7. DO spoil yourself.
Over the years, I've gotten into the habit of conserving paper by editing essays on my computer screen, forcing myself to work early in the morning so that I don't forget in the evening and denying myself background music so that I don't get distracted by contemplating anything else. College apps are not the time to do this. Make yourself as comfortable as possible. Give your mind the space and relaxation it needs to be truly creative. Write at midnight after a two-hour shower if that's what gets the creative juices flowing. Print out five drafts of an essay so that you can edit by hand. Buy yourself rewards of cake and candy if it motivates you. If you are willing to pay an $80 application fee, why wouldn't you be willing to pay for some extra ink? Right now, getting into a good college is your top priority, and you should not jeopardize that for the sake of a few bucks, your diet or a seven AM club meeting.
8. DO go on as many tours as possible.
I know it's expensive and time-consuming, but if you really had a problem with expensive and time-consuming, you wouldn't be applying to college. Touring colleges is really the only good predictor of whether or not you'll be happy there. You may not think that a college's atmosphere is a major factor in your education, but it is. I grew up in a town where it was rare to go outside and explore, but I've discovered that a huge part of the college experience is being excited to go out and experience new things: free facilities, free events, intelligent upperclassmen, field trips and more will all play a big factor in the organizations you join and the connections you form with future colleagues or recommendation-writers. Despite what you may have heard, not every moment in college will be spent locked in your room studying.
9. DO get into contact with a current student.
College websites are unorganized, unstandardized and often just horrible sources of information. The best way to find out about programs offered by your dream college is to ask a current student. Talking to people is never my first choice as a source of information, but even now that I'm in college, I would be utterly lost without the guidance of upperclassmen. Some college websites offer contact information for their tour guides or comprehensive student directories. Alumni associations, club websites and professors are all good ways to get your foot in the door. If you'd like to speak to a student in a particular major, just ask a professor for the email of one of their TAs. They'll likely be thrilled that you came to them for advice.
10. DO and DON'T listen to your parents.
If one or both of your parents went to college, listen to what they claim was the most important part of their college experience, but don't trust their application advice. They applied a long time ago, and things have changed. For example, my dad didn't have to take the SAT, and the ACT didn't even exist. Choosing what advice to take from your parents can be very subjective. Listen to everything your parents say, and then think hard about who is saying what to you. Even if your parents loved Greek life in college, that just might not fit your personality. Some things don't vary from person-to-person or from decade-to-decade. For example, if your parents hated classes where TAs did the teaching instead of the professors, you might find yourself preferring the professor too.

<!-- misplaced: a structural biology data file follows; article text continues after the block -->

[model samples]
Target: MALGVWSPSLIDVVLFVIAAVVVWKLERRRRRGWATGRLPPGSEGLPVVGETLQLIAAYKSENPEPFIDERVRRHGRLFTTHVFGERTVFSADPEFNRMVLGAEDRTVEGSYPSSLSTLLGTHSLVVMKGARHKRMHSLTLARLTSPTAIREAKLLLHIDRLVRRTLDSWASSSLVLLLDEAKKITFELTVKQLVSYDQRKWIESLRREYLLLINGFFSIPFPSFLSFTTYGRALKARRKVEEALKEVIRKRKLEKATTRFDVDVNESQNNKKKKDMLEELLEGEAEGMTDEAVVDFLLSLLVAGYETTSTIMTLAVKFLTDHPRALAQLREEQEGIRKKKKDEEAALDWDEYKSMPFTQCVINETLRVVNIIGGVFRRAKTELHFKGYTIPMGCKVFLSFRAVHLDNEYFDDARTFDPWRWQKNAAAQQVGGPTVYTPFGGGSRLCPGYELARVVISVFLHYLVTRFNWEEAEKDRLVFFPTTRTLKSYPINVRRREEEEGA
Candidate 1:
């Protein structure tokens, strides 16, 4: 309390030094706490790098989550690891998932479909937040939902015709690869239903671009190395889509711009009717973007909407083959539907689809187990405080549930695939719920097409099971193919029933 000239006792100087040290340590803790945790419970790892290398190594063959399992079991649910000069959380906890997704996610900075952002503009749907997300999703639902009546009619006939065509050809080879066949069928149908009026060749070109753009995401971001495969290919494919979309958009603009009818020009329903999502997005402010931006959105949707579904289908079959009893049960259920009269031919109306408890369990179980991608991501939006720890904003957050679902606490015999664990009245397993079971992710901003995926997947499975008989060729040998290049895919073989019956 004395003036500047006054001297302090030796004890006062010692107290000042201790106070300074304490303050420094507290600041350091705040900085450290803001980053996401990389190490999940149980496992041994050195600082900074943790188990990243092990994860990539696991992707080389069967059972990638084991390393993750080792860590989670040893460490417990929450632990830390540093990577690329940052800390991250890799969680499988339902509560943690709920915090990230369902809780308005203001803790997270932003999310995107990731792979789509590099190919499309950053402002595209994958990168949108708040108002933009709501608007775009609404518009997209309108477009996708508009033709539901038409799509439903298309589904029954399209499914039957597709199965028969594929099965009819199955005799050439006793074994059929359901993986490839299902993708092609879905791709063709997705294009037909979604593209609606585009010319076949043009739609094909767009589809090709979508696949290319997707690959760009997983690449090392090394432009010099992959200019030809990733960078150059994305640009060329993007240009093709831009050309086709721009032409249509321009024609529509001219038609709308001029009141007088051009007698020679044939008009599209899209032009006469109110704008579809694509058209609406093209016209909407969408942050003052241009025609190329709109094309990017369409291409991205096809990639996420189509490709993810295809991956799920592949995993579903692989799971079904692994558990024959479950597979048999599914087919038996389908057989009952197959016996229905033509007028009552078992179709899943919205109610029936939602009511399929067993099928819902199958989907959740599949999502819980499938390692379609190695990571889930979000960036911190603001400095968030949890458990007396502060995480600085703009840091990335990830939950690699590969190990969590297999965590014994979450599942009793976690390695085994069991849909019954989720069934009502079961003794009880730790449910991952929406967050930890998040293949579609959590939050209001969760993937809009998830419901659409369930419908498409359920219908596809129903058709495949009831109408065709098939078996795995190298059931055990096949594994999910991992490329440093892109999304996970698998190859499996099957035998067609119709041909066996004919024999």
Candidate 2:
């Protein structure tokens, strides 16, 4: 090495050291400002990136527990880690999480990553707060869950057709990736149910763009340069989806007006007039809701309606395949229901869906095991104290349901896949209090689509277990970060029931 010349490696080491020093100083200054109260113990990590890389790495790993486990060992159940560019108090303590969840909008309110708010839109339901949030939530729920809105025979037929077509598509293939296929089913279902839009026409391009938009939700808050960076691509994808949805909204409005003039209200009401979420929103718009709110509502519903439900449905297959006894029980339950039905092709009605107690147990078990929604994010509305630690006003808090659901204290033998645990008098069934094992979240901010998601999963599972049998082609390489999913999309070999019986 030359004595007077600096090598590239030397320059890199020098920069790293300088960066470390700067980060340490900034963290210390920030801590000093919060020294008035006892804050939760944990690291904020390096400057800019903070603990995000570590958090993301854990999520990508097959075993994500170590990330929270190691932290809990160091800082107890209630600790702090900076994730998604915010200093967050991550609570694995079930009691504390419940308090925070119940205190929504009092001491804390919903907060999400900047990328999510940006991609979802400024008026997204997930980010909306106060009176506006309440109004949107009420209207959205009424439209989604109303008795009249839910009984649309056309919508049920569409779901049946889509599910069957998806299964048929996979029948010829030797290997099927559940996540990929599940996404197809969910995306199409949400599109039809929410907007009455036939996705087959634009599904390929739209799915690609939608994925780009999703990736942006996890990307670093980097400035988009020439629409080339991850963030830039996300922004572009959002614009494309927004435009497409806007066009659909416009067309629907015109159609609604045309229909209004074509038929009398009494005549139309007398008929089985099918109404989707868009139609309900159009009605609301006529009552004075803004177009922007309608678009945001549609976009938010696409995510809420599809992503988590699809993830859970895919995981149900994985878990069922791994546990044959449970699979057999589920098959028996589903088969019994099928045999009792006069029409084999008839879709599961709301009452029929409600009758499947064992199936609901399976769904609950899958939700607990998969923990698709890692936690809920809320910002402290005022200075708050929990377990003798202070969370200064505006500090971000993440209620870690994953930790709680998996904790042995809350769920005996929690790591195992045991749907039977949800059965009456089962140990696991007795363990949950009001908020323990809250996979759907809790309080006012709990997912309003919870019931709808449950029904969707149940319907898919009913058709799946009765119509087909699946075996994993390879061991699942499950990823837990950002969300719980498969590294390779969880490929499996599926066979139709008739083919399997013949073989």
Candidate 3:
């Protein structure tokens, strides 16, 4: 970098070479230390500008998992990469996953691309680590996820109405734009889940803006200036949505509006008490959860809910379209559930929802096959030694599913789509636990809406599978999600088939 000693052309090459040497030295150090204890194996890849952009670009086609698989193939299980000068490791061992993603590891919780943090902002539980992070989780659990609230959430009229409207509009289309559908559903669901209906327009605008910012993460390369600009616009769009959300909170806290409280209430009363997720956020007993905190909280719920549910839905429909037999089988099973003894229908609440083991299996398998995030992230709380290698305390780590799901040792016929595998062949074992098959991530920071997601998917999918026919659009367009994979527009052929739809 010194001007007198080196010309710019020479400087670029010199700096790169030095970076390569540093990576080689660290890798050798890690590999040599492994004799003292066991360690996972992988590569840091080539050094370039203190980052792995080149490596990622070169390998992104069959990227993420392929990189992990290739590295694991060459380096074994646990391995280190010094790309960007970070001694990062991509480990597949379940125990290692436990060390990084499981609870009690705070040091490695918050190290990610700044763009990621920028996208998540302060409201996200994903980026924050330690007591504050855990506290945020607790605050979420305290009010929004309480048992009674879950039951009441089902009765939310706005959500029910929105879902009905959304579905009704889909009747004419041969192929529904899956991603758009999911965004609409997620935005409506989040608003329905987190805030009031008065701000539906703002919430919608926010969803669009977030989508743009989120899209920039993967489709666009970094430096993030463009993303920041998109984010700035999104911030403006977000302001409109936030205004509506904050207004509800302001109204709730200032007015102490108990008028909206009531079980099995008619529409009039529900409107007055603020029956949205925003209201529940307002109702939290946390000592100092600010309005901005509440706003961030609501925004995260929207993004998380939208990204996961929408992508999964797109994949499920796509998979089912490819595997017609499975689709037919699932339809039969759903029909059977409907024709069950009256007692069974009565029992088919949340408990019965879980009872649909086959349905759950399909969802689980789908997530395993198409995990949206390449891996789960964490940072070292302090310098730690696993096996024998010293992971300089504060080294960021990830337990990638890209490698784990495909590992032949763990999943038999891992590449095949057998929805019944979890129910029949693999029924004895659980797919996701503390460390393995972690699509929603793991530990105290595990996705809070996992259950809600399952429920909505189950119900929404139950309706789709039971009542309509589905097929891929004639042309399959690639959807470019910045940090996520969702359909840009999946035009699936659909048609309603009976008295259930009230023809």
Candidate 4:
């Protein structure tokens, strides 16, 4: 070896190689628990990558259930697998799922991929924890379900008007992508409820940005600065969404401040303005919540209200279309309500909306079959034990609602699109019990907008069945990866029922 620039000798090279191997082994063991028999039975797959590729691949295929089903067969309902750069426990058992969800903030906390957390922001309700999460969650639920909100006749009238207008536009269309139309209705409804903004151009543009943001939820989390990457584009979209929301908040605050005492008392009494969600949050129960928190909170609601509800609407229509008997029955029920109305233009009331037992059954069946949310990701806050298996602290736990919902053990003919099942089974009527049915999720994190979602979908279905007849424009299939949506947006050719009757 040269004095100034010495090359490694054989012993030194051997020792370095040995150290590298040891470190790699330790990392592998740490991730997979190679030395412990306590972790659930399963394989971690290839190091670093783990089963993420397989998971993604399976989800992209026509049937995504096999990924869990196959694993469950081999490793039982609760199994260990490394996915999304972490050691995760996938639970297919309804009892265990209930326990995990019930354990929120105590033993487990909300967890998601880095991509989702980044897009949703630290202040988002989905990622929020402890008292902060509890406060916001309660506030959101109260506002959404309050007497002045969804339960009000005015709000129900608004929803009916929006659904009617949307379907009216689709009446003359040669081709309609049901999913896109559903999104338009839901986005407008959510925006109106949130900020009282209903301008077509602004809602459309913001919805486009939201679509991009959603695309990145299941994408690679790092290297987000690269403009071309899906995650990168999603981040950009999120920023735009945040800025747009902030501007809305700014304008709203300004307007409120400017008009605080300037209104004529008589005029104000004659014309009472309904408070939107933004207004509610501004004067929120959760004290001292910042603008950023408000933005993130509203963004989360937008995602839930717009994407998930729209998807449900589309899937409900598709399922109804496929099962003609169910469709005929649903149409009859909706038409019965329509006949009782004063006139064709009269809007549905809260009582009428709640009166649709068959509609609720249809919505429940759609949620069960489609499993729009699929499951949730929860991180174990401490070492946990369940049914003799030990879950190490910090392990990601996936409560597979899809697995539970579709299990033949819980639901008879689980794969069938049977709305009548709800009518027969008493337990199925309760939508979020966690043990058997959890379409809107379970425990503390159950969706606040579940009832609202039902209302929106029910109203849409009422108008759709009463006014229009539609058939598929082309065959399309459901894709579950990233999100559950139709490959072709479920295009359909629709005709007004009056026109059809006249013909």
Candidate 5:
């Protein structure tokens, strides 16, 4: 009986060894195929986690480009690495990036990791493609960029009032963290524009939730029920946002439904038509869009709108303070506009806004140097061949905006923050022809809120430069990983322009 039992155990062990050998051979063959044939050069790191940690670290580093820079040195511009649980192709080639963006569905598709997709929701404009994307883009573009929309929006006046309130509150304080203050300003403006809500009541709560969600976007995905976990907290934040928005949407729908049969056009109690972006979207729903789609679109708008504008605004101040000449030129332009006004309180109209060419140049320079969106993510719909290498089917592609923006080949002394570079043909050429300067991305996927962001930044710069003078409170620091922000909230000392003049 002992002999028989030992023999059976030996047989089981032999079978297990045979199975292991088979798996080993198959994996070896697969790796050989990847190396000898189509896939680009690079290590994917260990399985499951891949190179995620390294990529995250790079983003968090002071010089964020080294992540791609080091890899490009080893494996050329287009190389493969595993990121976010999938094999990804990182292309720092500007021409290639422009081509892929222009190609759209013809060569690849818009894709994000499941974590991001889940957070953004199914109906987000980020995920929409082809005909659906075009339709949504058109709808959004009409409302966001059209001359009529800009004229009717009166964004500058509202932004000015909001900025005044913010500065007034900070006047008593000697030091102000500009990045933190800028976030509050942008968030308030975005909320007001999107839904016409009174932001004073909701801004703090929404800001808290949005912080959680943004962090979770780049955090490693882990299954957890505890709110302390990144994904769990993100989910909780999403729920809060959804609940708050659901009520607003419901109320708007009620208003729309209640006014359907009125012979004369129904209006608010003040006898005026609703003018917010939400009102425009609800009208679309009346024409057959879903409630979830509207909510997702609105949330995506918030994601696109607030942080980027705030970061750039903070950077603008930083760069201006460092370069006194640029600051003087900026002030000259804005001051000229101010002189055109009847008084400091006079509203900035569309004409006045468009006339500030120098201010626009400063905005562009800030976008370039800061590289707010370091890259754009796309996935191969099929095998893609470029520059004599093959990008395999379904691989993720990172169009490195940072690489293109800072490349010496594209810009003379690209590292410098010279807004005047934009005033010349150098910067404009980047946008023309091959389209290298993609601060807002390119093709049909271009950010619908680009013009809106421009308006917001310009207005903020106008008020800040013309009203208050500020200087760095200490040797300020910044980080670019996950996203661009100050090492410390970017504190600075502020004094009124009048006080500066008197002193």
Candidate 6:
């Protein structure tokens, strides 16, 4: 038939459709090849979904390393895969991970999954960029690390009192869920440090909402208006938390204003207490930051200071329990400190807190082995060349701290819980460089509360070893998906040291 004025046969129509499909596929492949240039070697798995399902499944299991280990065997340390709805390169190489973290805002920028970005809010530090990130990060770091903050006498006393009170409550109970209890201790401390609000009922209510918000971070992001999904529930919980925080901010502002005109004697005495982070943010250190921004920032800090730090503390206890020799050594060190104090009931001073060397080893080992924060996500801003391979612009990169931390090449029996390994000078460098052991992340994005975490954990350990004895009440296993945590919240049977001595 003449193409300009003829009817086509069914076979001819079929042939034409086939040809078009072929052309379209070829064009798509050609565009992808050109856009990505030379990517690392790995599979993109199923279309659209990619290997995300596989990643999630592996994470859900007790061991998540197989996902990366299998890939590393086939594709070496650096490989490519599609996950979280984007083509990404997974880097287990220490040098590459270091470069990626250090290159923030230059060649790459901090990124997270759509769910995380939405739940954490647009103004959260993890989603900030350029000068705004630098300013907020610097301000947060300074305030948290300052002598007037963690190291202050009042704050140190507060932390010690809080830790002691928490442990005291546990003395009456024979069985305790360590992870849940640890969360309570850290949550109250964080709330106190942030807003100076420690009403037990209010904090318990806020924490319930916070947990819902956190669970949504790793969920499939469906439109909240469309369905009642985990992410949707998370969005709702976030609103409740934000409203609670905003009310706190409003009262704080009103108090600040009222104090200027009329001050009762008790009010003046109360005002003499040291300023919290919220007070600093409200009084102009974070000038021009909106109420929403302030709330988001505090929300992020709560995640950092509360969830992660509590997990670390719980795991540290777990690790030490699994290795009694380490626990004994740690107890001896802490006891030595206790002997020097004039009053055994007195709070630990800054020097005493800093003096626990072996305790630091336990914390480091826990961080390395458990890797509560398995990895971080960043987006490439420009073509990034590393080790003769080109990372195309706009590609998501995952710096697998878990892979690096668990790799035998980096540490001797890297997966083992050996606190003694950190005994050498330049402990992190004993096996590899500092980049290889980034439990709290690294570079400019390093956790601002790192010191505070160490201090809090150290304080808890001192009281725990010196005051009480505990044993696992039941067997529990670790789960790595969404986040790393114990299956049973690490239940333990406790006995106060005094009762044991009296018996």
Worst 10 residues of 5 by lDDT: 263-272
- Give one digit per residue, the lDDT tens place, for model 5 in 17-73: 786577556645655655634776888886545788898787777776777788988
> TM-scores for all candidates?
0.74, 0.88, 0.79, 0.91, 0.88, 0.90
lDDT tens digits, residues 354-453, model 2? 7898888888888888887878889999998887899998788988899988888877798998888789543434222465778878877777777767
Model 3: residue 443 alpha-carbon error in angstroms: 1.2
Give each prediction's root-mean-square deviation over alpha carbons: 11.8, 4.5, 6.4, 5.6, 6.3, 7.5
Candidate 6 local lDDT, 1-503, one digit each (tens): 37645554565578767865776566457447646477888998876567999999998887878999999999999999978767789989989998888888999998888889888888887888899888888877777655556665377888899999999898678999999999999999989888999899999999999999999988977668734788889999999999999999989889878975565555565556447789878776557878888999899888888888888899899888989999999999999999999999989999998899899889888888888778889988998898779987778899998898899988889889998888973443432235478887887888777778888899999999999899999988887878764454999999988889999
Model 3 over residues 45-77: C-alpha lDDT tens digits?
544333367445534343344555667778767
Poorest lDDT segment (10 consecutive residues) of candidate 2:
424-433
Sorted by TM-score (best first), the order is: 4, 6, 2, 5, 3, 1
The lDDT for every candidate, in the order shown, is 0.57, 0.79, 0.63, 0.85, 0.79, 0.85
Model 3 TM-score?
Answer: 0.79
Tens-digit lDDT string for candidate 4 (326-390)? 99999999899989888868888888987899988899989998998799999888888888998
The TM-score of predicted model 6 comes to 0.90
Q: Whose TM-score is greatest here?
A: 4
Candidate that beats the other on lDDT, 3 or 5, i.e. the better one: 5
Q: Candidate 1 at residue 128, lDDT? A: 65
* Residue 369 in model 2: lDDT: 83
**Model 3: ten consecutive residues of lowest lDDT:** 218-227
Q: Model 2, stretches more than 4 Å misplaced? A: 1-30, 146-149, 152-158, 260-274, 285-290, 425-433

11. DON'T get mad at your parents.
I've seen it all: a dad forcing his daughter to apply to his alma mater, a mom forcing her son to stay at home on the weekend to work on essays and (my personal favorite) interrupting a child's shower (twice) to give interview advice. Your parents are well-meaning. Maybe your email gets spammed not only by colleges, but also by your parents voicing their opinions on certain majors and programs. Maybe your every waking moment at home, including shower-time, is dominated by talk of college, college and college. But your parents mean well, even if they are trying to live through you vicariously. Do no let this time of stress get in the way of your relationship with them. In a few months, applications will be over, but you and your parents will always remember what was said and done during that time.
12. DON'T take rejection personally.
College applications are a gamble. My friends and I thought we knew exactly who was deserving of getting into which college. But after we finally got responses from our colleges, we saw plenty of paradoxical outcomes. Some students who we admired for accomplishing so much were rejected by low-ranking colleges, while other students who spent their high school years partying got into high-ranking colleges. Even when we tried to factor in race, financial situation and family legacy, many college decisions made no sense. Things got even weirder when people applied to multiple colleges: a student rejected by a low-quality public school could still get accepted into an Ivy League.
So, don't take it personally. The gods of Olympus are not sending you a sign that you're stupid. A lot of tired, stressed adults were trying to accept students based on their college's current demographics, needs of individual departments, stances on certain extracurriculars and subjectively-read essays. Every college and applicant varies from year to year. All you can do is try your best and make the most of what you reap in return.
Lead Image Credit: Pexels